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Insect Hibernation

by Karen Miller, Master Gardener Entomology Specialist

Have you ever wondered “where do the bugs go in winter”? Do they leave? Do they stay? Do they die? I have wondered, so I decided to do “a little digging” into it. This is what I found out. Insects are not able to generate significant heat internally to keep them from freezing. They have evolved other ways to avoid the cold weather in order to survive the winter temperatures. One way to avoid cold weather is to migrate to warmer climates. As we know, this is the strategy used by the Monarch butterfly. They will fly from the eastern United States and Canada to winter in Mexico, most times a distance of over 2,500 miles. Other butterflies and moths migrate as well, including the gulf fritillary and the painted lady. Dragonflies, that inhabit ponds and lakes in the northern states, migrate too. The common green darner is one such dragonfly. Another method of surviving the cold is to burrow into the soil or under leaf litter. Generally, the soil is much warmer than the surface. Being under the soil or beneath leaf litter keeps the insect out of the chilly winds and hidden from hungry birds. Some insects burrow beneath the frost line in large number. Termites and ants are examples of these. They also store food to keep themselves comfortable until spring. Honey bees cluster together to keep themselves and their brood warm, and ladybugs will hibernate by stacking on top of each other on stumps and under rocks to share the heat and buffer themselves against the lower temperatures. To keep her eggs safe, a female grasshopper will tunnel deep into the soil and deposit them thru the winter months. Some insects use a method of hibernation called “diapause” to survive the winter. A long term state of suspension, diapause synchronizes the insect’s life cycle with changes of the seasons in its environment, which includes the winter season. These little bugs think, if there is nothing to eat and it is too cold to fly, why not just take a break.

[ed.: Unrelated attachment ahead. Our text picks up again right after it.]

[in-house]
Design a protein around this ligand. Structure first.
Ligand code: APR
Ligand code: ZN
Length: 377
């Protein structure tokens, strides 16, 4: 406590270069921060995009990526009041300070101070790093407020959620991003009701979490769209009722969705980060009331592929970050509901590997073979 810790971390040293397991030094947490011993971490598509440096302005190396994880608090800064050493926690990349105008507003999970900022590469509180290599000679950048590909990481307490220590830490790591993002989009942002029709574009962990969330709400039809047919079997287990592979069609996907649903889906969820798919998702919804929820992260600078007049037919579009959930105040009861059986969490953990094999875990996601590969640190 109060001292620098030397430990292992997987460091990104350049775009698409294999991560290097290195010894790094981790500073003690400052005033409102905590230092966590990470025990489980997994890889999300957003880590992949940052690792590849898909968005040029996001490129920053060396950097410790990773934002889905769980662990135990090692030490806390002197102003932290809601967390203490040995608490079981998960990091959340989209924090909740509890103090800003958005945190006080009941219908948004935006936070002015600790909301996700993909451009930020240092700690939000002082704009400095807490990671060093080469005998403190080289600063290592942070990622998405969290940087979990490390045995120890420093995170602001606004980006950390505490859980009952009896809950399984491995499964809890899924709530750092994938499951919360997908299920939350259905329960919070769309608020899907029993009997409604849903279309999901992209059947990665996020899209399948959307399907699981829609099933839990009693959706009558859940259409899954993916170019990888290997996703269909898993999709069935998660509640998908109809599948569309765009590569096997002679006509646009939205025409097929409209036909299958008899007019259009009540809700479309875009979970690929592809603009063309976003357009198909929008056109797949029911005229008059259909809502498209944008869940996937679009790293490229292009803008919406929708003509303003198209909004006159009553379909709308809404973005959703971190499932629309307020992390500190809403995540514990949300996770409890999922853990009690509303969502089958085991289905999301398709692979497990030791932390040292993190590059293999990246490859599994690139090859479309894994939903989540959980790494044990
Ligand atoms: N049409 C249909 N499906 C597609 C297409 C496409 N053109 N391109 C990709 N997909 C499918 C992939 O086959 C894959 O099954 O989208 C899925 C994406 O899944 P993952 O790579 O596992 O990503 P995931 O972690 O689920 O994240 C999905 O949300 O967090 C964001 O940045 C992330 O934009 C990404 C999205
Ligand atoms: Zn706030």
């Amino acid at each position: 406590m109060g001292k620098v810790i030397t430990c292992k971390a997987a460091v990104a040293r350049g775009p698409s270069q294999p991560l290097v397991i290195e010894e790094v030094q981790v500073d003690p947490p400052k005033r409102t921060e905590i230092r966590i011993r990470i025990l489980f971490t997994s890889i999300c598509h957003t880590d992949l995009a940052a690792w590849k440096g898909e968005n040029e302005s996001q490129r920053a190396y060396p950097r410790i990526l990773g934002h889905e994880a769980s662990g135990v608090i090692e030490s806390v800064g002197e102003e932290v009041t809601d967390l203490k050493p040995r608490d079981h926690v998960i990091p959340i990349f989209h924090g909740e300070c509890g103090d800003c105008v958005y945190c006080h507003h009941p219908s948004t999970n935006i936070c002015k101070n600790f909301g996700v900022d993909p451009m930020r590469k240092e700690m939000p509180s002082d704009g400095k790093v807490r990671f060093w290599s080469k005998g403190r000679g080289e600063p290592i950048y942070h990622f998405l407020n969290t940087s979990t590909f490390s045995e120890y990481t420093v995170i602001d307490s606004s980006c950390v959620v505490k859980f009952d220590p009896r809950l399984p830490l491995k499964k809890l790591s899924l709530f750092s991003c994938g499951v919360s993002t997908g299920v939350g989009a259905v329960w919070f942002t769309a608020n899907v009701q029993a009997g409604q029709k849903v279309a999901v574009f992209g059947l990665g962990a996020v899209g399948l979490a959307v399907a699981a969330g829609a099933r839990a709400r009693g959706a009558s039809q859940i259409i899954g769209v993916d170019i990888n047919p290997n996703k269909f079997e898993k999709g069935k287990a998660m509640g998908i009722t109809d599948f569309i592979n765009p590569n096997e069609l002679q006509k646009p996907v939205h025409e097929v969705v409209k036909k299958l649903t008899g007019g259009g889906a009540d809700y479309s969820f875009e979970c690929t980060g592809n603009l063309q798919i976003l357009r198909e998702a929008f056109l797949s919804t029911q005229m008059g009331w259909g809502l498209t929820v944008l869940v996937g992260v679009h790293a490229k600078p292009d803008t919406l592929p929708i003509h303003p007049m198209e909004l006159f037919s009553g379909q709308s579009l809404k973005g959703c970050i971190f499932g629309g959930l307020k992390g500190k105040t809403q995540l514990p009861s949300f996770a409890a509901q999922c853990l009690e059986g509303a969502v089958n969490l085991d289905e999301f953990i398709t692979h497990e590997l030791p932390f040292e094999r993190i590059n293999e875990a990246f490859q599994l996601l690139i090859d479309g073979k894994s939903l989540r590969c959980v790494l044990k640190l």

This break can be taken in any stage of development. Mantids overwinter in foam cased eggs. Woolly bear caterpillars curl up under thick leaf litter waiting to spin their cocoons in the spring. Certain butterflies overwinter as chrysalis, emerging in butterfly form in the warm weather. In the much colder climates some insects are able to go into a temporary sleep and are completely immobile until it warms up. Many are able to make their own antifreeze. This makes the insect more cold tolerant by allowing its body fluids to drop below freezing points and protecting its tissue and cells from damage. There are many answers to the question “Where do the bugs go in winter”. In Texas many insects do not die off. Texas does not stay cold enough, for any length of time, to totally kill many insects. Some do die from the shock of cold weather, but this will not eliminate whole populations. BOTTOMLINE...Just because we get a freeze or two does not mean all insects will die. When the sun comes out and warms everything up, we will see them out and moving around again. 3-3-2016

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